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Former Coinbase CTO: “I don’t think any crypto can compete with Bitcoin”

Former Coinbase CTO: “I don’t think any crypto can compete with Bitcoin”

Balaji Srinivasan, the former CTO of Coinbase and general partner at Andreessen Horowitz, believes that the “blockchainification” of every major web app is the obvious investment strategy for the next 10 years. Srinivasan shared his thoughts on the future of blockchain in a lengthy Twitter thread, revealing that the decentralization of everything is “inevitable.”

The disruptive power of decentralization

Srinivasan pointed out that “newer” technologies such as email, GPS, online maps, smartphones, and video streaming are no longer new and have become a new normal for everyone. As a serial investor, he often thinks about ways in which a tech product can be disrupted, and decentralization almost always seems to be the answer.

He pointed out that in a young industry, a centralized actor can radically disrupt the UX and business model of a company. However, if the feature set of an industry has already been established, decentralization becomes its biggest threat. Srinivasan used the switch from the commercial Unix operating system to Linux, its free and open-source alternative, as a prime example.

The former general partner at Andreessen Horowitz called this the “second phase” of progress. The “first phase,” as Srinivasan put it, represents centralized companies slowly creating a monopoly over a service or a product.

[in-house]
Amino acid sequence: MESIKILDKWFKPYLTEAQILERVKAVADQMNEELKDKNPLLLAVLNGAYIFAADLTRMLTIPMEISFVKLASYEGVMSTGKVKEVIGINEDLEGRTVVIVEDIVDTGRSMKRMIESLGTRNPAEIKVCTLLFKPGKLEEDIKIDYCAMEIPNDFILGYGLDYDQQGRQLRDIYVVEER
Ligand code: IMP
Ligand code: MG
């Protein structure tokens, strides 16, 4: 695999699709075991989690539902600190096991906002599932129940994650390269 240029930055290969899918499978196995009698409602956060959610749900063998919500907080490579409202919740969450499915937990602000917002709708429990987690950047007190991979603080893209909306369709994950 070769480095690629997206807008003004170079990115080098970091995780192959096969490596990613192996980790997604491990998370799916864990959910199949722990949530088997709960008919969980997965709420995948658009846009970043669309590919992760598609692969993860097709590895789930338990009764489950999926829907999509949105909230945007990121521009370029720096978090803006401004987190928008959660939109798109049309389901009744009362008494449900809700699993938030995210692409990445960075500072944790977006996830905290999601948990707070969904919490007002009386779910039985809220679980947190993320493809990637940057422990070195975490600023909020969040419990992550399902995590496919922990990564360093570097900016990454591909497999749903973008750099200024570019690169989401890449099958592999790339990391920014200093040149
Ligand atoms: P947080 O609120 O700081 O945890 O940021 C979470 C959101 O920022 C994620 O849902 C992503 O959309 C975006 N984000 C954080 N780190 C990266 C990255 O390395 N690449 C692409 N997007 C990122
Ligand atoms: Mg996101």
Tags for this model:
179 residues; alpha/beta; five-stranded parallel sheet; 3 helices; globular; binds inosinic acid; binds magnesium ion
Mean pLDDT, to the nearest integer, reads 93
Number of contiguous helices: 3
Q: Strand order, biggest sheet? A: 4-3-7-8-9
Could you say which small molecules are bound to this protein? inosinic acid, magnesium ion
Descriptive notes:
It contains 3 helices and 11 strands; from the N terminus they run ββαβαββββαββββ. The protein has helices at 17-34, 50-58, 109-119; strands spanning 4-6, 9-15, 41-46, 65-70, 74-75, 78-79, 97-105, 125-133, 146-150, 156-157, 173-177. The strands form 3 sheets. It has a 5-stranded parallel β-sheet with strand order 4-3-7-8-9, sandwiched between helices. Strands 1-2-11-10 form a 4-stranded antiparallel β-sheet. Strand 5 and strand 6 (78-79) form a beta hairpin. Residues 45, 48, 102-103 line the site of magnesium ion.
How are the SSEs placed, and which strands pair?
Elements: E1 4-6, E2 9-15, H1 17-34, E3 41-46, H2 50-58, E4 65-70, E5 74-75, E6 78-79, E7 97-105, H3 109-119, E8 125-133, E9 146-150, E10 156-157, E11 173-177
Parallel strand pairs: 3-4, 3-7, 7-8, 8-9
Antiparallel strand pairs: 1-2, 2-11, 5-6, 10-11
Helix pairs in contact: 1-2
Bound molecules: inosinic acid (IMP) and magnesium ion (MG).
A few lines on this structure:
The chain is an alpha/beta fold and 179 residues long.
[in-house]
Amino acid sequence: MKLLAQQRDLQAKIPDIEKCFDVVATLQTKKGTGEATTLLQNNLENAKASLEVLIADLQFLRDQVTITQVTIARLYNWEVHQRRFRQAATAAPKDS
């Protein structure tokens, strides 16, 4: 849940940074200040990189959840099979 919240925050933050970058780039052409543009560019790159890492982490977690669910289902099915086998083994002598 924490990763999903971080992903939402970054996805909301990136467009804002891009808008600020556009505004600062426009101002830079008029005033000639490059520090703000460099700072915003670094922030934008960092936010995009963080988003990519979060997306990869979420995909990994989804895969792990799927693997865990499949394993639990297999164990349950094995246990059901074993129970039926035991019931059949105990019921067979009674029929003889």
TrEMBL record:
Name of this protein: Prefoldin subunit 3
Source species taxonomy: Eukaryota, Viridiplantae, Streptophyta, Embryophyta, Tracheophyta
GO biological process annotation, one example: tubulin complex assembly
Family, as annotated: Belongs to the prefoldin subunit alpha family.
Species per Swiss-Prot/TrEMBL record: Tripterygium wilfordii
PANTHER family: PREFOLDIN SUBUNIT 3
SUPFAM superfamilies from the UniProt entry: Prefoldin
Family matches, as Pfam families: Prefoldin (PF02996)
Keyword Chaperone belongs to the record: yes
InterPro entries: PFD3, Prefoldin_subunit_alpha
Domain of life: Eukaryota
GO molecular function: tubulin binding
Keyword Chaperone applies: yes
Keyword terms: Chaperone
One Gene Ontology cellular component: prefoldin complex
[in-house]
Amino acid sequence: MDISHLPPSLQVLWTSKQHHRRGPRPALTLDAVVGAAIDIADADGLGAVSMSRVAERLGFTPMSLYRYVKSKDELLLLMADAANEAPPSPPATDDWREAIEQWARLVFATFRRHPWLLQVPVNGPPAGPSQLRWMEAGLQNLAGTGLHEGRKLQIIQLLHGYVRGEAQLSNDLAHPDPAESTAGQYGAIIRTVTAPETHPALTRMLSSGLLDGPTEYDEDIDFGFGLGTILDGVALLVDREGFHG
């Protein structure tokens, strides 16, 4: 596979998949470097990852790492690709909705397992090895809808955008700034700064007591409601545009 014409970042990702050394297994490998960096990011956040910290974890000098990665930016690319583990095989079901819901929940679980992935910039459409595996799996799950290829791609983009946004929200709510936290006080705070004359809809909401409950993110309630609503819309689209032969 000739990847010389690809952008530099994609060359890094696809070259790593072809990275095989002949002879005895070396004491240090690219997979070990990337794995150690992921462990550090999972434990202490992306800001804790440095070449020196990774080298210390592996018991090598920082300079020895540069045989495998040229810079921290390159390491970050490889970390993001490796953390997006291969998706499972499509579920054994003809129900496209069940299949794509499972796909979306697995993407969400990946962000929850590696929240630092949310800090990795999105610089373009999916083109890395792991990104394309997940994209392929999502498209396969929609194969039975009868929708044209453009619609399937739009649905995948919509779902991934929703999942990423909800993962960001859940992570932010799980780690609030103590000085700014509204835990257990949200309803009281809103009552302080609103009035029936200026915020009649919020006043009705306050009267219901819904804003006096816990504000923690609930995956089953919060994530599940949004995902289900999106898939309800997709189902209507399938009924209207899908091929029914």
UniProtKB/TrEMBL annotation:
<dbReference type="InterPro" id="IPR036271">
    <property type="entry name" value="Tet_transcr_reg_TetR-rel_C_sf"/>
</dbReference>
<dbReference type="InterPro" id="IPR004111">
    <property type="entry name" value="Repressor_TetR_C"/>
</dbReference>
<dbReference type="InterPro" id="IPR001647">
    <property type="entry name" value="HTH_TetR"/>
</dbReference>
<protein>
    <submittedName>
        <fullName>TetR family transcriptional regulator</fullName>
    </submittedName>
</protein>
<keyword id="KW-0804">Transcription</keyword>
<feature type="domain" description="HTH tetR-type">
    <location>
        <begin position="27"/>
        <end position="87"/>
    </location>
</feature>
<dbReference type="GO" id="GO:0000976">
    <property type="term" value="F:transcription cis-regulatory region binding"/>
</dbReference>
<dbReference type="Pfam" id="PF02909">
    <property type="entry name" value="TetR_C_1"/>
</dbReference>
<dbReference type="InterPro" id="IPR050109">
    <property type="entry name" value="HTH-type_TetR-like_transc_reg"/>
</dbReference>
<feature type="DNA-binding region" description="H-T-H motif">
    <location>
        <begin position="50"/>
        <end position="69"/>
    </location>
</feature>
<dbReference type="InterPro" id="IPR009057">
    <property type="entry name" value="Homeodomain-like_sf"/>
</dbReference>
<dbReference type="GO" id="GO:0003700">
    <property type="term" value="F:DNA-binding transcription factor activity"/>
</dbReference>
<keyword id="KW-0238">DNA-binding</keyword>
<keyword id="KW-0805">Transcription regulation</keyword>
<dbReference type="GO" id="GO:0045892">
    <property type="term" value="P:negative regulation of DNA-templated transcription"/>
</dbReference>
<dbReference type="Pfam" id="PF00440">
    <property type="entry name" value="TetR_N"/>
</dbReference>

Blockchain will disrupt everything

Srinivasan said that crypto today is what Linux and IBM clones were to computer programming 25 years ago. People have a tendency to gravitate towards free and decentralized software, but the fact has become increasingly obvious with the arrival of cryptocurrencies.

He added that, in order to succeed in the industry, one must base the service it offers on the UX of a successful, but ultimately monopolistic product. After that, companies should “blockchainify” the backend to add incentives for early adopters and improve censorship resistance.

And while the process of putting more services on a blockchain is pretty straightforward, Srinivasan pointed out that finding the first technically feasible candidate to do that is a huge problem the industry is dealing with.

It will, however, be the best and most obvious investment strategy in the next decade, he explained.

Srinivasan also believes that text-based apps will be the first to decentralize. It’s easier to build “blockchain-based versions of Twitter or Craigslist in the next few years than something high bandwidth like YouTube or Snapchat,” he noted.

Srinivasan’s thoughts received a lot of support from the crypto community, with many praising his realistic views of the industry’s future. When Brad Mills, the host of the ‘Magic Internet Money’ podcast, asked him what would ultimately disrupt centralization, Srinivasan gave a pretty surprising answer.

Mills wanted to know whether Srinivasan thought Facebook’s GlobalCoin or another cryptocurrency competing with Bitcoin fits into this narrative, Srinivasan said that he believes no crypto can compete with Bitcoin.

However, he added that he thinks that public blockchains have what it takes to break the power of internet monopolies that have been strengthened by regulations such as the GDPR.

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